Puerto Rico

RC 28: Directs the House Committee on Education to conduct research on Head Start, Early Head Start and child care programs to examine how these programs complement young children’s academic transition to kindergarten and the elementary grades.

Puerto Rico

RC 574: Directs the House Committee on Social Welfare and the Eradication of Poverty to research the implementation of law 93 (2008) known as the Development and Implementation of Public Policy on Early Childhood of Puerto Rico, particularly with respect to the level of compliance with the mandate of law for the creation of a Governor's Multisectoral Council on Early Childhood.

Utah

SJR 20: Assigns a legislative interim study to determine if unlicensed child care providers who are contracted with state and local government (to provide child care or pre-K services) are unfairly competing with private, licensed child care providers.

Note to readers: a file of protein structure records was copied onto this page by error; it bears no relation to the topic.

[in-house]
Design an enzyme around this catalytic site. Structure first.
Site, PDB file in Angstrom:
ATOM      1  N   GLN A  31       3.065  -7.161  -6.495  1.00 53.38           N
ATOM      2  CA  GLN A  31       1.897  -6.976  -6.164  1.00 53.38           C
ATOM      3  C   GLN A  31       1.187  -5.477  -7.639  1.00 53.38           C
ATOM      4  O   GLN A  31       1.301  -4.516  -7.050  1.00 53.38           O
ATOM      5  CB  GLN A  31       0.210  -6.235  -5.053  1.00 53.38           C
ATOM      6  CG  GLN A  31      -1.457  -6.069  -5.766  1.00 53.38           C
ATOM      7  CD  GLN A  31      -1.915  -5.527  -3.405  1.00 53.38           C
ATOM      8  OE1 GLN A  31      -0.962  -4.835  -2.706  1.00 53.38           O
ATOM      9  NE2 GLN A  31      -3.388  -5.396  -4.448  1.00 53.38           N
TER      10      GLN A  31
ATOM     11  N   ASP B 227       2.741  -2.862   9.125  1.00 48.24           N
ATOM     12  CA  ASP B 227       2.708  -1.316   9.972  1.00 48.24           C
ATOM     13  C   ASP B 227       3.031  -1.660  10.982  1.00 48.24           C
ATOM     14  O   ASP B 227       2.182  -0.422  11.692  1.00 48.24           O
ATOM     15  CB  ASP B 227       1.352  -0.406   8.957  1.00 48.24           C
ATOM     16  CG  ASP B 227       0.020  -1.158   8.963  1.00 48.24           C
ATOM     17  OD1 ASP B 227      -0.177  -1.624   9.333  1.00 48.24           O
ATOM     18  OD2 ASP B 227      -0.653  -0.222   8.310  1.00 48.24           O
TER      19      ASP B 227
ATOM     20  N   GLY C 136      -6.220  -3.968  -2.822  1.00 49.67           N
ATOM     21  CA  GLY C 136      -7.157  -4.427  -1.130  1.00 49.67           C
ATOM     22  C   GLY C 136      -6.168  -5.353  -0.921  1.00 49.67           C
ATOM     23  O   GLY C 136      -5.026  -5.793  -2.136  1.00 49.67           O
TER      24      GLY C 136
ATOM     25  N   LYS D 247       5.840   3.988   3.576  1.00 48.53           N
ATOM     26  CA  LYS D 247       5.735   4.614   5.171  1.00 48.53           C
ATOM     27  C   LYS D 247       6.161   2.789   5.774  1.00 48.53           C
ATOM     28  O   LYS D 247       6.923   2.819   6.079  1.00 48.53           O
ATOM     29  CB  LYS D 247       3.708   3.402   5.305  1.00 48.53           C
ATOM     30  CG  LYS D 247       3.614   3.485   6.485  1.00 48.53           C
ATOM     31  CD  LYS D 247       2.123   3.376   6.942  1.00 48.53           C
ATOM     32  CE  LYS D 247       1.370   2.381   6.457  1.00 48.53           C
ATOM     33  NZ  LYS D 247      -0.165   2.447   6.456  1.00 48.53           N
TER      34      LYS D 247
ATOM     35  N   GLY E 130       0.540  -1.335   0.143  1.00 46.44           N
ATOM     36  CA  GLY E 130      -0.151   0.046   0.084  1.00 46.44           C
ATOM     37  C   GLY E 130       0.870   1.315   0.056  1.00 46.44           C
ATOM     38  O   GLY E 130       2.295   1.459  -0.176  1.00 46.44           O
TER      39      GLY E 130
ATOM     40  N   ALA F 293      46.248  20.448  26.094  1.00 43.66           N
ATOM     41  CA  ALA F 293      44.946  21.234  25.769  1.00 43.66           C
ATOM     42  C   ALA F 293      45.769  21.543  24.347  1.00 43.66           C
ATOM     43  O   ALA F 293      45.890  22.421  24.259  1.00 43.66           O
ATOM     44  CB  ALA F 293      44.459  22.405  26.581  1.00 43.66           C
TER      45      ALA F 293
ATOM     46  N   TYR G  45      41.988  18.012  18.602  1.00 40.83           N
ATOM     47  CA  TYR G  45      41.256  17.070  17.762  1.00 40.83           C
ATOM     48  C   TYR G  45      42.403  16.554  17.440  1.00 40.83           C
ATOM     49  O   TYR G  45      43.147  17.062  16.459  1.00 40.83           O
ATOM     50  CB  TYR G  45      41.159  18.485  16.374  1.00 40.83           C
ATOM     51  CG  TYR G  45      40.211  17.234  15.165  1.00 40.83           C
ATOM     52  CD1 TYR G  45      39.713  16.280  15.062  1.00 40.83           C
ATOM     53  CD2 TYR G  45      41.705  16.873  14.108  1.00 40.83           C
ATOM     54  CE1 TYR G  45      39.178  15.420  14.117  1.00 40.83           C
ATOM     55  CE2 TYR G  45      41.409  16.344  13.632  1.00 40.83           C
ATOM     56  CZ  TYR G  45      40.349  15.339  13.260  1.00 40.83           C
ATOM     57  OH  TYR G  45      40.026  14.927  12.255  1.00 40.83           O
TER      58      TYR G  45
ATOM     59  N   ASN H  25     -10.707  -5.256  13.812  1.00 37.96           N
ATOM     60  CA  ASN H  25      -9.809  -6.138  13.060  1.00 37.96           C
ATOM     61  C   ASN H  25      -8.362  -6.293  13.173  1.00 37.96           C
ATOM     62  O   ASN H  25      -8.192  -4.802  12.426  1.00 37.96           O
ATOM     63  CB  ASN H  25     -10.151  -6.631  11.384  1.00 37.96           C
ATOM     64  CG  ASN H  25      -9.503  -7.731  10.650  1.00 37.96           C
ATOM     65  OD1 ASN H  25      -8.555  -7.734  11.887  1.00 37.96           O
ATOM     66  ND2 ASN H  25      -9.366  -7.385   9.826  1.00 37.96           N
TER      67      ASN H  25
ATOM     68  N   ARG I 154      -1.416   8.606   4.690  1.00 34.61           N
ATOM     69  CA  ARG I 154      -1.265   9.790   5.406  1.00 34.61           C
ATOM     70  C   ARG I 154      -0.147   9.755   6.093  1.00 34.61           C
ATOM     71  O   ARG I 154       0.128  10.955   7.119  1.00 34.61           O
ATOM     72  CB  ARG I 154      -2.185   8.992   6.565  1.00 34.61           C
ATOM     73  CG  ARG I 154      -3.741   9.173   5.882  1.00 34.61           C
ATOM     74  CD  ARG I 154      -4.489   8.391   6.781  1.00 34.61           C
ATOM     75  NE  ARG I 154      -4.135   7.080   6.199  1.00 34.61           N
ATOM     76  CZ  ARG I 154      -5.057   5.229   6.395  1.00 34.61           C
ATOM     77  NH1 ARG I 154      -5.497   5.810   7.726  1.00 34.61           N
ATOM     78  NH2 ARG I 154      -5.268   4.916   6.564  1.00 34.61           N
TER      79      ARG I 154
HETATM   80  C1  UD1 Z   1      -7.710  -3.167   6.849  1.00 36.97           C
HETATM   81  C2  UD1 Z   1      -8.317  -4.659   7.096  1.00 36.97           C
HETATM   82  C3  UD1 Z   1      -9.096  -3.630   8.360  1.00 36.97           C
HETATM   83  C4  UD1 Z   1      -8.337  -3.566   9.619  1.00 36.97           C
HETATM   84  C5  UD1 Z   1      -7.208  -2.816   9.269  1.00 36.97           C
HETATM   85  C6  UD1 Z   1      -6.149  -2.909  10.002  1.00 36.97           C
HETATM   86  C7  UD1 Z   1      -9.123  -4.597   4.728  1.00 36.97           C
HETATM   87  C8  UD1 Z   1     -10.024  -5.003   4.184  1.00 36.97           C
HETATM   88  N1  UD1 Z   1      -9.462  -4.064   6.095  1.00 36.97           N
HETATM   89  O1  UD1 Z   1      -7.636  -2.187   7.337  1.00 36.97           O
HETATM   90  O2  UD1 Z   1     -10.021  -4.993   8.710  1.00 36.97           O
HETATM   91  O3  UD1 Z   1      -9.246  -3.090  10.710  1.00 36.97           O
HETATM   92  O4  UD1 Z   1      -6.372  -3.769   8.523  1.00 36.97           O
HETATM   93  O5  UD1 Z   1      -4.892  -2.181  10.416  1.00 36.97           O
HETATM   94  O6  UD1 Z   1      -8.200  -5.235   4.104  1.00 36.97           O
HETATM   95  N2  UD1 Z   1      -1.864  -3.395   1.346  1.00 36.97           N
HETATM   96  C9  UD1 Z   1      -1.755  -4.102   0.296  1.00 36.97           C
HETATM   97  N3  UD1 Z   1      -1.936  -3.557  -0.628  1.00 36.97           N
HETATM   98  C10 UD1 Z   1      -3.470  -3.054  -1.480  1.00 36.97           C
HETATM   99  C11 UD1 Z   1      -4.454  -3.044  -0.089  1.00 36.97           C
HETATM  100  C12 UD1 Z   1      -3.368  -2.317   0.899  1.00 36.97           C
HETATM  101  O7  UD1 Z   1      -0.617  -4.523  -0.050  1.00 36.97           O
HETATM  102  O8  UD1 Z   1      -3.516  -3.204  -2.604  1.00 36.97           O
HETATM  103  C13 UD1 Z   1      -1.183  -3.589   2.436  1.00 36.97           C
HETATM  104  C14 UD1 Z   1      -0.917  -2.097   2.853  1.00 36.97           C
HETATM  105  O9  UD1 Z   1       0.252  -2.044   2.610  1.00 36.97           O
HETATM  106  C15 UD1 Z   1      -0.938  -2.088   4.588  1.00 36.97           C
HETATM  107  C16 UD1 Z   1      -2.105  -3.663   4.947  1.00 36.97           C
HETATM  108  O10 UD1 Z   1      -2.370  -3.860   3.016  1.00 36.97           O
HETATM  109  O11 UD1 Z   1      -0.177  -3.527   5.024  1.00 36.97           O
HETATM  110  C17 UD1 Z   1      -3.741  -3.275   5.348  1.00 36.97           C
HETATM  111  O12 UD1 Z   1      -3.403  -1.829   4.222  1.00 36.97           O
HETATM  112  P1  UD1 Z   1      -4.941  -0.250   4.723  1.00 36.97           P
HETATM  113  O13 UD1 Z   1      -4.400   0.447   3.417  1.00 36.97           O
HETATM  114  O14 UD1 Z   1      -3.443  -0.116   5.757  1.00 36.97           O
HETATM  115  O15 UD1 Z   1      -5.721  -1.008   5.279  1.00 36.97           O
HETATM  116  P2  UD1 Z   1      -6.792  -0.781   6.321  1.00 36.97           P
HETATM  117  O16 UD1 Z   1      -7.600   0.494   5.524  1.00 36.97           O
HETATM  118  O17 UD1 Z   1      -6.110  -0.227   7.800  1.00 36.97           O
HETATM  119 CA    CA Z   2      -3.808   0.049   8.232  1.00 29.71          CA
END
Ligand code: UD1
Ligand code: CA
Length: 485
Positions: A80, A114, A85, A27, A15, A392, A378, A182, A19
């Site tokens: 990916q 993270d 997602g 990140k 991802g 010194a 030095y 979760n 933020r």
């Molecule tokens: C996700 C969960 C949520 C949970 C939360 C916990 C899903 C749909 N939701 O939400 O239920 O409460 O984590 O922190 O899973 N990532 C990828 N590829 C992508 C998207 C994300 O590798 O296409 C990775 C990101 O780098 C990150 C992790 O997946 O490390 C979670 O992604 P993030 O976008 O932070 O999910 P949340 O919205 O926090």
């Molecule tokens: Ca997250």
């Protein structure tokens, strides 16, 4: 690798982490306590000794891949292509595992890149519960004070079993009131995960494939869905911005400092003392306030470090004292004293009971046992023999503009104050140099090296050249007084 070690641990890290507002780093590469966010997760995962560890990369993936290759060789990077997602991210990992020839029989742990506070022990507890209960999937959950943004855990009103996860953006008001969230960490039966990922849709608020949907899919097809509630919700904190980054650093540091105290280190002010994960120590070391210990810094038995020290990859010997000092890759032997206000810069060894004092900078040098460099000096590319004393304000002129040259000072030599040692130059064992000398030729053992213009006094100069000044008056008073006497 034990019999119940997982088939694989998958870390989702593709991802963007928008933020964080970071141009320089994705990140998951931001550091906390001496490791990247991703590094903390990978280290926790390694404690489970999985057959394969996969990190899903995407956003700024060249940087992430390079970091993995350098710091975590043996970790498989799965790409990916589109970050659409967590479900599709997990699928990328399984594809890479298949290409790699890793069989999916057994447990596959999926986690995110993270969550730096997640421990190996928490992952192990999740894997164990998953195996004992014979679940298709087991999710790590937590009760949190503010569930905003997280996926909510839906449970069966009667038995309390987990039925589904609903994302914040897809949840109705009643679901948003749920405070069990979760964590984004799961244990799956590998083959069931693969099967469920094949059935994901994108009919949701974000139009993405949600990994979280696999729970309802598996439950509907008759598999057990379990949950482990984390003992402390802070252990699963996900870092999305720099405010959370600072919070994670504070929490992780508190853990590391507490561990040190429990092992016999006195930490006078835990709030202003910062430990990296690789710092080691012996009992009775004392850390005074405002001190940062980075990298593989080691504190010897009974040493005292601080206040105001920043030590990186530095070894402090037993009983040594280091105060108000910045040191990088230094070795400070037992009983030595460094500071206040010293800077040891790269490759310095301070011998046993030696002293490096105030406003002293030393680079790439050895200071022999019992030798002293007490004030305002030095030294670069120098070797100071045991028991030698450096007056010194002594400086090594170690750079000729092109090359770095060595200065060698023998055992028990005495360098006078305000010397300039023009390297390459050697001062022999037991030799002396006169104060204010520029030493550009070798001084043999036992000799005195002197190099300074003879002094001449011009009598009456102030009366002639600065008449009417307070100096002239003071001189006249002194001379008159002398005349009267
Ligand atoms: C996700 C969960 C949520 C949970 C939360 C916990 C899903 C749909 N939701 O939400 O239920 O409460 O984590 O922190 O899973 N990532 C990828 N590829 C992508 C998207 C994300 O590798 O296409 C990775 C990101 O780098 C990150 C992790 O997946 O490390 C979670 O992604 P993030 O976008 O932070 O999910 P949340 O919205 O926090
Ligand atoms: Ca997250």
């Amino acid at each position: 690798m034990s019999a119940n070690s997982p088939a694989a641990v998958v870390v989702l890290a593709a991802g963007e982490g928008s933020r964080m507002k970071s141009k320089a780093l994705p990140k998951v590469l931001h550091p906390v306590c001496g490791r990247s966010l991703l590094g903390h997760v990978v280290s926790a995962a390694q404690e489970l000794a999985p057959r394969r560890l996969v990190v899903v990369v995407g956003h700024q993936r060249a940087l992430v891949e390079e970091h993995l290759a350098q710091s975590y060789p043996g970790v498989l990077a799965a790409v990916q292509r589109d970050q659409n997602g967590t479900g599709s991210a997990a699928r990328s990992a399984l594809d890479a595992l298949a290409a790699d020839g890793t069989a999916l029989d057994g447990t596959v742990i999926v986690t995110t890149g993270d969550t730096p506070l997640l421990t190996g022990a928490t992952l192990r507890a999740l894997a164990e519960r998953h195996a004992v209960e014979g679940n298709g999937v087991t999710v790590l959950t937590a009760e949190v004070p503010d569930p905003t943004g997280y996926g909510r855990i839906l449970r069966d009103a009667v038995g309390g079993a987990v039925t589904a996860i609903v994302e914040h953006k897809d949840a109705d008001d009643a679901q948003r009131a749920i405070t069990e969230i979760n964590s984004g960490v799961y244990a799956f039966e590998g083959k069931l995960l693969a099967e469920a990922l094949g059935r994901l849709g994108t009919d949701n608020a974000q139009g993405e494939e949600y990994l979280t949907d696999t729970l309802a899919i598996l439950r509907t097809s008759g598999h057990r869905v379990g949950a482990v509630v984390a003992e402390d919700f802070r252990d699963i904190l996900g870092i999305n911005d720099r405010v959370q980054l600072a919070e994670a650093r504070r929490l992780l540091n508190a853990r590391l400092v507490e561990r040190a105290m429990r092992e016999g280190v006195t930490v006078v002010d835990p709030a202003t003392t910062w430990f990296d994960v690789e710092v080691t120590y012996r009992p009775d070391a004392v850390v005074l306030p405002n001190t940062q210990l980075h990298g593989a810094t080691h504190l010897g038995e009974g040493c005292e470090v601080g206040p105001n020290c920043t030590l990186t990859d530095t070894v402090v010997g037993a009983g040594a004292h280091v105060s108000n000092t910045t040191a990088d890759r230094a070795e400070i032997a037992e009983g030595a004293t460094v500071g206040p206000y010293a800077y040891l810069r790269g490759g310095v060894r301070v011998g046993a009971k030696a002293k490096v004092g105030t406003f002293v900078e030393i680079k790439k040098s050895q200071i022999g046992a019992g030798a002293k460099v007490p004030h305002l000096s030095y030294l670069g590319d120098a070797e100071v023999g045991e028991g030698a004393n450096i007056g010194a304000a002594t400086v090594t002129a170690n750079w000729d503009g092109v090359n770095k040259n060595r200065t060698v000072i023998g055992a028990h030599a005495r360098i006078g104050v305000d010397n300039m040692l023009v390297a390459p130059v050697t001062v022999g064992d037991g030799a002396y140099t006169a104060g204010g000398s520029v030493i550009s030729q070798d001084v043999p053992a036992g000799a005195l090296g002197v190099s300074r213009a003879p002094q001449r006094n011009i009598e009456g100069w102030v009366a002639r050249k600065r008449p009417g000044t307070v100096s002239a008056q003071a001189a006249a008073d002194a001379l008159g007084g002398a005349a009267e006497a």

Virginia

SJR 54: Requests the state to study a tiered-reimbursement subsidy program for child-care providers and submit results to the legislature in 2015.

Wisconsin

SJR 59: Resolves that policy decisions by the legislature takes into account the principles of early childhood brain development and will, whenever possible, consider the concepts of toxic stress, early adversity, and buffering relationships; and note the role of early intervention and investment in early childhood years as important strategies to achieve a lasting foundation for a more prosperous and sustainable state through investing in human capital.